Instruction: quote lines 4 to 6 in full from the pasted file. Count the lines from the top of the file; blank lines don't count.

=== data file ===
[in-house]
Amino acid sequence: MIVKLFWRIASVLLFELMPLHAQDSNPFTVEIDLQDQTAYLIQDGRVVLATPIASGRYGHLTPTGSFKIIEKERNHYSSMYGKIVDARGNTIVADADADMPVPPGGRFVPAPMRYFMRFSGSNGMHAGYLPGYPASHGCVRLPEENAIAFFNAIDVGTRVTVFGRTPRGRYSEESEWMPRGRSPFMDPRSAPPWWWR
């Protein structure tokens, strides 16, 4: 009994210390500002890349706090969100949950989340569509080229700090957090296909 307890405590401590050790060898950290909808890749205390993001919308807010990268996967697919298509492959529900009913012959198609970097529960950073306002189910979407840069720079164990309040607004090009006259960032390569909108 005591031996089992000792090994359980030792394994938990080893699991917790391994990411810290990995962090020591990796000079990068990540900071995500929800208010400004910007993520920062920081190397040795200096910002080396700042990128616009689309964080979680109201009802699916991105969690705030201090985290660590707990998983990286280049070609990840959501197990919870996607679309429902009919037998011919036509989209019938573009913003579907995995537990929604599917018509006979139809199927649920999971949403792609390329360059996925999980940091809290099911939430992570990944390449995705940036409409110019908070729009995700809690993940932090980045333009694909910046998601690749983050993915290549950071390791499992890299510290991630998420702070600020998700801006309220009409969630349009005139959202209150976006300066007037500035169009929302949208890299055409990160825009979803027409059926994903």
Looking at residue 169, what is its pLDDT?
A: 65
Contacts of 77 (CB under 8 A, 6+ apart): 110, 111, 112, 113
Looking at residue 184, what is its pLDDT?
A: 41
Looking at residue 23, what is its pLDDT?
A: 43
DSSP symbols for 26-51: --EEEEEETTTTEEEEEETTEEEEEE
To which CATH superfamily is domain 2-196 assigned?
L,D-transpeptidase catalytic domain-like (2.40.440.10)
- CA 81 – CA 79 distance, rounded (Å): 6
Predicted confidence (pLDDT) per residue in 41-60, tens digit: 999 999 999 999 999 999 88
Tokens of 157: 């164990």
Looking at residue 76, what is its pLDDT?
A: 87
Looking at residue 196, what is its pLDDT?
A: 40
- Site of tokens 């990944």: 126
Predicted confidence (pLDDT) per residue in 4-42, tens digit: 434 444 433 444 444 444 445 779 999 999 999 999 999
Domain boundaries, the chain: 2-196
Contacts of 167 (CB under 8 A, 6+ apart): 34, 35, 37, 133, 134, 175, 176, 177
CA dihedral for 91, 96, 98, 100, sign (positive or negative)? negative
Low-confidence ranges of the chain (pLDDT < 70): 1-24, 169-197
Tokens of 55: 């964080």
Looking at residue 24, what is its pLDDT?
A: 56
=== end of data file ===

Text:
Looking at residue 169, what is its pLDDT?
A: 65
Contacts of 77 (CB under 8 A, 6+ apart): 110, 111, 112, 113